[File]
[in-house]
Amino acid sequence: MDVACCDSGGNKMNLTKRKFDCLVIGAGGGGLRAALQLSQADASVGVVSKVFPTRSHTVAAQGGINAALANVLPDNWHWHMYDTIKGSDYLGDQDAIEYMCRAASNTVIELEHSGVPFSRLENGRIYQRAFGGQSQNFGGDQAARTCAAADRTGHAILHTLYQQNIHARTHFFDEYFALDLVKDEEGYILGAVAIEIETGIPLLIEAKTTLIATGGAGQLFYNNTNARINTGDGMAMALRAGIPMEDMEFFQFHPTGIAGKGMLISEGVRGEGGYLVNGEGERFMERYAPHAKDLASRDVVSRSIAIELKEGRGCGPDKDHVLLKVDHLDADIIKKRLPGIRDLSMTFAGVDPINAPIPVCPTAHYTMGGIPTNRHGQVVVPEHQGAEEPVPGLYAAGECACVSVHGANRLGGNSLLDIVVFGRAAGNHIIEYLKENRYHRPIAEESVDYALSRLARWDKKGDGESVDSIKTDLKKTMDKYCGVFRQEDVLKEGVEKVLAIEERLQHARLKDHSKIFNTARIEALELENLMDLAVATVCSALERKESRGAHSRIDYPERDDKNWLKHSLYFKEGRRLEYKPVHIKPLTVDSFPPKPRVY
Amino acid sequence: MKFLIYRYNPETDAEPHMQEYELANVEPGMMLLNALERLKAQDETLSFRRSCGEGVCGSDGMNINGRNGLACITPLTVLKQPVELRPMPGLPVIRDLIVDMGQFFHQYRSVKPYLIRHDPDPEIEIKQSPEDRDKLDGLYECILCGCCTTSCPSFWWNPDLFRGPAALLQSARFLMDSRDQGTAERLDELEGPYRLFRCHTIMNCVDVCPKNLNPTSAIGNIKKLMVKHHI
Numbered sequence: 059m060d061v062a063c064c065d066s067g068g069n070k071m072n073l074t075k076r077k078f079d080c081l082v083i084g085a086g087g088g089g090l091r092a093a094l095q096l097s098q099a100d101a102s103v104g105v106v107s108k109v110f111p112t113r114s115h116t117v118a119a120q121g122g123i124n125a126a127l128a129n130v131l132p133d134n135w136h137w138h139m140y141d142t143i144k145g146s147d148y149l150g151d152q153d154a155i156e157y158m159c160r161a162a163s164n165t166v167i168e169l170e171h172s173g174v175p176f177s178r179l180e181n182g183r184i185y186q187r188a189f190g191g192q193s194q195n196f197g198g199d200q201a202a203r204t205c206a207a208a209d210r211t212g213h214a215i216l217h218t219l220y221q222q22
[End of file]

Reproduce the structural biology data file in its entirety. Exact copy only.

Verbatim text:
[in-house]
Amino acid sequence: MDVACCDSGGNKMNLTKRKFDCLVIGAGGGGLRAALQLSQADASVGVVSKVFPTRSHTVAAQGGINAALANVLPDNWHWHMYDTIKGSDYLGDQDAIEYMCRAASNTVIELEHSGVPFSRLENGRIYQRAFGGQSQNFGGDQAARTCAAADRTGHAILHTLYQQNIHARTHFFDEYFALDLVKDEEGYILGAVAIEIETGIPLLIEAKTTLIATGGAGQLFYNNTNARINTGDGMAMALRAGIPMEDMEFFQFHPTGIAGKGMLISEGVRGEGGYLVNGEGERFMERYAPHAKDLASRDVVSRSIAIELKEGRGCGPDKDHVLLKVDHLDADIIKKRLPGIRDLSMTFAGVDPINAPIPVCPTAHYTMGGIPTNRHGQVVVPEHQGAEEPVPGLYAAGECACVSVHGANRLGGNSLLDIVVFGRAAGNHIIEYLKENRYHRPIAEESVDYALSRLARWDKKGDGESVDSIKTDLKKTMDKYCGVFRQEDVLKEGVEKVLAIEERLQHARLKDHSKIFNTARIEALELENLMDLAVATVCSALERKESRGAHSRIDYPERDDKNWLKHSLYFKEGRRLEYKPVHIKPLTVDSFPPKPRVY
Amino acid sequence: MKFLIYRYNPETDAEPHMQEYELANVEPGMMLLNALERLKAQDETLSFRRSCGEGVCGSDGMNINGRNGLACITPLTVLKQPVELRPMPGLPVIRDLIVDMGQFFHQYRSVKPYLIRHDPDPEIEIKQSPEDRDKLDGLYECILCGCCTTSCPSFWWNPDLFRGPAALLQSARFLMDSRDQGTAERLDELEGPYRLFRCHTIMNCVDVCPKNLNPTSAIGNIKKLMVKHHI
Numbered sequence: 059m060d061v062a063c064c065d066s067g068g069n070k071m072n073l074t075k076r077k078f079d080c081l082v083i084g085a086g087g088g089g090l091r092a093a094l095q096l097s098q099a100d101a102s103v104g105v106v107s108k109v110f111p112t113r114s115h116t117v118a119a120q121g122g123i124n125a126a127l128a129n130v131l132p133d134n135w136h137w138h139m140y141d142t143i144k145g146s147d148y149l150g151d152q153d154a155i156e157y158m159c160r161a162a163s164n165t166v167i168e169l170e171h172s173g174v175p176f177s178r179l180e181n182g183r184i185y186q187r188a189f190g191g192q193s194q195n196f197g198g199d200q201a202a203r204t205c206a207a208a209d210r211t212g213h214a215i216l217h218t219l220y221q222q22